Tuesday, September 08, 2015

Bureaucratic Japan - Bad Hospitality

Japan's bureaucracy is very costly. It creates jobs, and survives for its self-reinforcing audit functions. But bureaucracy is typically inhospitable.

First experience of Japan for most visitors is the rat maze at Narita airport, briskly processed by dutiful officials. Arriving visitors to Japan must fill-in by hand multiple immigration and customs forms, although traveler details are already within electronic databases (in contrast, when traveling to Sweden there's no such paperwork). Travelers arriving in Japan have photo & fingerprints taken after passport scan --  for many, this is their first fingerprinting experience (uncomfortably, data is then shared among global intelligence agencies). The overall experience is bureaucratic and not welcoming!

But this is only the first affront of Japan's costly bureaucracy. Huge corruption at Olympus and Toshiba was ignored, as was criminal food mislabeling by high-end restaurants in Japan over many decades. Corrupt persons flow between sectors, so overviews are often best available from foreign sources.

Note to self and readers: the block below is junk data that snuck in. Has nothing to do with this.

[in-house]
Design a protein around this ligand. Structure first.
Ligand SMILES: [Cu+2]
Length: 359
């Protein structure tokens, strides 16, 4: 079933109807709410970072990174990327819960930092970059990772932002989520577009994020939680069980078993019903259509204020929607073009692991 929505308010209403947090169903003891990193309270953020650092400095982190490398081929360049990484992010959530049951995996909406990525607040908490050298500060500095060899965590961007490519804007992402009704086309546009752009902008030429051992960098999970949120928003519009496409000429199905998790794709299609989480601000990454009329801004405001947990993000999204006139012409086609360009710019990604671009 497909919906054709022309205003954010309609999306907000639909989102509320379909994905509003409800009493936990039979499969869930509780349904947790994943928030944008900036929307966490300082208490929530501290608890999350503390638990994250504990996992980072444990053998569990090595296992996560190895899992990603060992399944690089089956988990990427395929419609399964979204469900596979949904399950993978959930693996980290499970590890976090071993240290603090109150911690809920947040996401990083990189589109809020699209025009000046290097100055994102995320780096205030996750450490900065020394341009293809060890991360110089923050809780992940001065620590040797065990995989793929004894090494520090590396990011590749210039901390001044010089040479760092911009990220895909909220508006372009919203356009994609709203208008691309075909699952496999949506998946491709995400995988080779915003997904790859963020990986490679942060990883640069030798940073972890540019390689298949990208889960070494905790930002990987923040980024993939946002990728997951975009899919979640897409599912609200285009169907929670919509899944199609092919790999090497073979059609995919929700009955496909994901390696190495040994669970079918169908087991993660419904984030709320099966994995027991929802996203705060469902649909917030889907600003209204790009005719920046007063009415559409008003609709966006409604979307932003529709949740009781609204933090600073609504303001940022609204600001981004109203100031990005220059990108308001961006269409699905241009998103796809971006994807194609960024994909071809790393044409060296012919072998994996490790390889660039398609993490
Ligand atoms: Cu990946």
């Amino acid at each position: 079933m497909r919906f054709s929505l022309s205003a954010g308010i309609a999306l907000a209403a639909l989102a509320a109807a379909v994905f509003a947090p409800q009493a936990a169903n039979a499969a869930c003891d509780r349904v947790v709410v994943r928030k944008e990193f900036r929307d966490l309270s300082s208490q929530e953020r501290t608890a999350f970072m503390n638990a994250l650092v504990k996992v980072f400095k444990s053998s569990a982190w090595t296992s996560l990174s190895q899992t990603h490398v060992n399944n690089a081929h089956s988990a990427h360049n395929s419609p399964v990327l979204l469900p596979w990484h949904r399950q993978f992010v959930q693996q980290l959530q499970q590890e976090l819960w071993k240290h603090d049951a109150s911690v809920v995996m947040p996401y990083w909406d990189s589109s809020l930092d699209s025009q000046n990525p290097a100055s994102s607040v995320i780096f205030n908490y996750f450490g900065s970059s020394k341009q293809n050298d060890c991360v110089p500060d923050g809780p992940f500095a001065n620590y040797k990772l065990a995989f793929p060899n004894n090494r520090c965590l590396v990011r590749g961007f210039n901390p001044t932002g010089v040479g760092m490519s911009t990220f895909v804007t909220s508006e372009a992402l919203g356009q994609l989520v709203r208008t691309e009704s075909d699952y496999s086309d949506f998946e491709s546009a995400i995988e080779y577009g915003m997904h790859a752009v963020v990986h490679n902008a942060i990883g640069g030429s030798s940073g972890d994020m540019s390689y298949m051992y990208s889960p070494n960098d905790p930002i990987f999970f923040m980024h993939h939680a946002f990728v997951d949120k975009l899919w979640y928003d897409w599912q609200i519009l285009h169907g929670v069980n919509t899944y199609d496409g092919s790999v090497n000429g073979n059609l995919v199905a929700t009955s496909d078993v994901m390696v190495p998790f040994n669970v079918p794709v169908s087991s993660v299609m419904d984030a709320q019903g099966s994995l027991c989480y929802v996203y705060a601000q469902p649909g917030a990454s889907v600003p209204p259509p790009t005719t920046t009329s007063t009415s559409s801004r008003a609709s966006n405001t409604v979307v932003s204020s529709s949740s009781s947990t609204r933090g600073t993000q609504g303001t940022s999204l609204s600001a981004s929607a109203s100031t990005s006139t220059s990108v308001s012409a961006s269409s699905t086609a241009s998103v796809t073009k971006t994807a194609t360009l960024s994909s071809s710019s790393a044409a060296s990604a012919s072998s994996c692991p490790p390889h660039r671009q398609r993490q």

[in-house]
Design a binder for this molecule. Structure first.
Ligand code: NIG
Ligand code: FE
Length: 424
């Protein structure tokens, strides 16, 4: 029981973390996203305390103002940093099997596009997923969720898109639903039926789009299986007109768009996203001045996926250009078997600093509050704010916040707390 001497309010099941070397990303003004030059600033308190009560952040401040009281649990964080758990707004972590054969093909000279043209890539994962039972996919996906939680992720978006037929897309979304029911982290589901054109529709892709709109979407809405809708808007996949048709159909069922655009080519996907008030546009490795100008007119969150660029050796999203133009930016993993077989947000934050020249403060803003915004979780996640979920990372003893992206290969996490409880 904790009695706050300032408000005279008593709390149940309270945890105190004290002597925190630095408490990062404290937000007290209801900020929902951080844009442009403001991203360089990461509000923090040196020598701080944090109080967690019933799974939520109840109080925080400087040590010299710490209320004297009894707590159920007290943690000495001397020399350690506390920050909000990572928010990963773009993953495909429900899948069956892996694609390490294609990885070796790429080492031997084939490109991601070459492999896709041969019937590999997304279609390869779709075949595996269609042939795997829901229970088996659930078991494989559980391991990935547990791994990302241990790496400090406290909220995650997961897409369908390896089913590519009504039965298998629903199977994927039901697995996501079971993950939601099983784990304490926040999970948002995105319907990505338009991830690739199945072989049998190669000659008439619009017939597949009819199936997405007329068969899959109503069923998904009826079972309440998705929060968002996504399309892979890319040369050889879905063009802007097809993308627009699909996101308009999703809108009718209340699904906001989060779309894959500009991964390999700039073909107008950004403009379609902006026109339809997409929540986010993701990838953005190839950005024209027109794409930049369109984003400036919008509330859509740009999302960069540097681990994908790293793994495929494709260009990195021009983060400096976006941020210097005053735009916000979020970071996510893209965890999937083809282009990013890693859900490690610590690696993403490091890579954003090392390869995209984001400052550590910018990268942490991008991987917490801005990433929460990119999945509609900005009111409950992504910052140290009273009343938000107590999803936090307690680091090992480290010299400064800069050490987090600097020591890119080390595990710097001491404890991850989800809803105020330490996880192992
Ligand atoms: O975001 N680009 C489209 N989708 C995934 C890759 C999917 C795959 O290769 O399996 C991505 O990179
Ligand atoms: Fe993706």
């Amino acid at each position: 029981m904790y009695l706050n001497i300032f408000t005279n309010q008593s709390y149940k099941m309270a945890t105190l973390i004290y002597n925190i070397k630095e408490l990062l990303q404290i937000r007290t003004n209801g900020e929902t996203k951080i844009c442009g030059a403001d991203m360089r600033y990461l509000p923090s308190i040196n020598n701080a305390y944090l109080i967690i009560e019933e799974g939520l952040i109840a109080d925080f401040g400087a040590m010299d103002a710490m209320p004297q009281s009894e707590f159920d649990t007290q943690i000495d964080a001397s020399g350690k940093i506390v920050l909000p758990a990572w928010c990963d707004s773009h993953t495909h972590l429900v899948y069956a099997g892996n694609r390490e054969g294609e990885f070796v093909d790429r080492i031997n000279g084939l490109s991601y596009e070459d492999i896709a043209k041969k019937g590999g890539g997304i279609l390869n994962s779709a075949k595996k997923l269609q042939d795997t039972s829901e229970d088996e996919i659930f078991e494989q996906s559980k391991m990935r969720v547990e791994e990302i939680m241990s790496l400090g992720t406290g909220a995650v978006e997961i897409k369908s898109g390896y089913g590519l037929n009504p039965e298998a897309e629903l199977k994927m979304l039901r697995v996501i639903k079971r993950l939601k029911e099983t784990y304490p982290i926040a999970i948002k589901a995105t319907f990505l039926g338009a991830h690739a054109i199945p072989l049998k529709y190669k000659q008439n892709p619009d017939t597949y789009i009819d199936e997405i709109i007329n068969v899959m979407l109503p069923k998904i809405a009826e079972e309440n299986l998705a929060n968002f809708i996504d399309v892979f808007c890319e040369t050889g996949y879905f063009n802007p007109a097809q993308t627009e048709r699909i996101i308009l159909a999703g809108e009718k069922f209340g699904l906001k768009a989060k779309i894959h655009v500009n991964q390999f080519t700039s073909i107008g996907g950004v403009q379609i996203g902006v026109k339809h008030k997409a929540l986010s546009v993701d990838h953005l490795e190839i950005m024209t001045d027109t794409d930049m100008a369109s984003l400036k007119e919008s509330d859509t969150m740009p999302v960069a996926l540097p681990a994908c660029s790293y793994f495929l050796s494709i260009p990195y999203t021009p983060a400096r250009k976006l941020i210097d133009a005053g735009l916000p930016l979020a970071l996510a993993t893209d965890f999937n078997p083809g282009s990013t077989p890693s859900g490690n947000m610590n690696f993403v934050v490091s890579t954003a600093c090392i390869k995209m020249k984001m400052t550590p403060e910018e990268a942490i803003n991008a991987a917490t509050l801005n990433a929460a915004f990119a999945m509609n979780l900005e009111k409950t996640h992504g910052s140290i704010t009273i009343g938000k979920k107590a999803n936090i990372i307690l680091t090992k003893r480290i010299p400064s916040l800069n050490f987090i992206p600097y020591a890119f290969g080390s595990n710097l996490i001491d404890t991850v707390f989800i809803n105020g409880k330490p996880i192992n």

Bureaucracy maintains the right to assert itself into every transaction under the rubric of either audit or security ("protecting taxpayer money" for public-funded expenses). We expect consistency, so discourage public officials from being individually imaginative; most have little time and no investigation budgets. They attack low-hanging fruit lacking defenses. Tiny operations are crucified and closed, while monsters roam free. This happens everywhere. The US Justice Department found huge big business corruption fueling the 2008 financial crisis: but failed to prosecute individual major criminals. Government levied billions of dollars in corporate penalties, but while the amounts collected seem large, the bureaucracy recruited to protect us costs more.

Japan's army of officials looks at other nations such as the USA or South Korea and judges Japan not highly unusual or demanding, but they typically misread the situation. Operations should be compared to best practices, not merely aspiring to average-level annoyance. And someone must ask if the project and data collected are truly important, rather than simply confirming data is entered in each & every question box.

Tourists have many options, and places such as Sweden & Singapore offering an excellent welcome, smooth entry & warmer hospitality understandably draw resources steadily away from Japan...

Welcome to Japan!  (島根県警察本部)